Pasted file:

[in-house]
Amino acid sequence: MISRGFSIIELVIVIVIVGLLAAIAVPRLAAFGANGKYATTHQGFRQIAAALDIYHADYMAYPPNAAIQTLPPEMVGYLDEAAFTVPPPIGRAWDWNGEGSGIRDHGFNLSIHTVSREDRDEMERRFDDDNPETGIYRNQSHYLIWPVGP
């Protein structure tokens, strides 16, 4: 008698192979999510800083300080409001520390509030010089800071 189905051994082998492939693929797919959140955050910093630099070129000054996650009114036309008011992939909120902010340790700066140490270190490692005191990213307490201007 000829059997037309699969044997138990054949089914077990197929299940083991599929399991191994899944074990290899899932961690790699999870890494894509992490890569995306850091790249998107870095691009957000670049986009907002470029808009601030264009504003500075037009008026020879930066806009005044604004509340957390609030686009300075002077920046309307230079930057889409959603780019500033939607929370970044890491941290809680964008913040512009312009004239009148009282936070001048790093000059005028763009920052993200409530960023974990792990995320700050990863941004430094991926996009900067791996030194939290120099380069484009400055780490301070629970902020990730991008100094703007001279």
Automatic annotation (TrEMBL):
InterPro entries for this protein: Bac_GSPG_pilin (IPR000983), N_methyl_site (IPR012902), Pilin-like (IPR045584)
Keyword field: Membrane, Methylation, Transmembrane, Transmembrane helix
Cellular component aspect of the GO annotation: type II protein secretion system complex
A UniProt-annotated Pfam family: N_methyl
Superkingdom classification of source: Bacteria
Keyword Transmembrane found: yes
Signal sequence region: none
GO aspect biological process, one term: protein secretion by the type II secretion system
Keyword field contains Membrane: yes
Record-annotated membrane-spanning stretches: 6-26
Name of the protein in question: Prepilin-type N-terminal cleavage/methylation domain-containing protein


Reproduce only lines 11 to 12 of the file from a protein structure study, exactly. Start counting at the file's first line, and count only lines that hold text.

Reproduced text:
Signal sequence region: none
GO aspect biological process, one term: protein secretion by the type II secretion system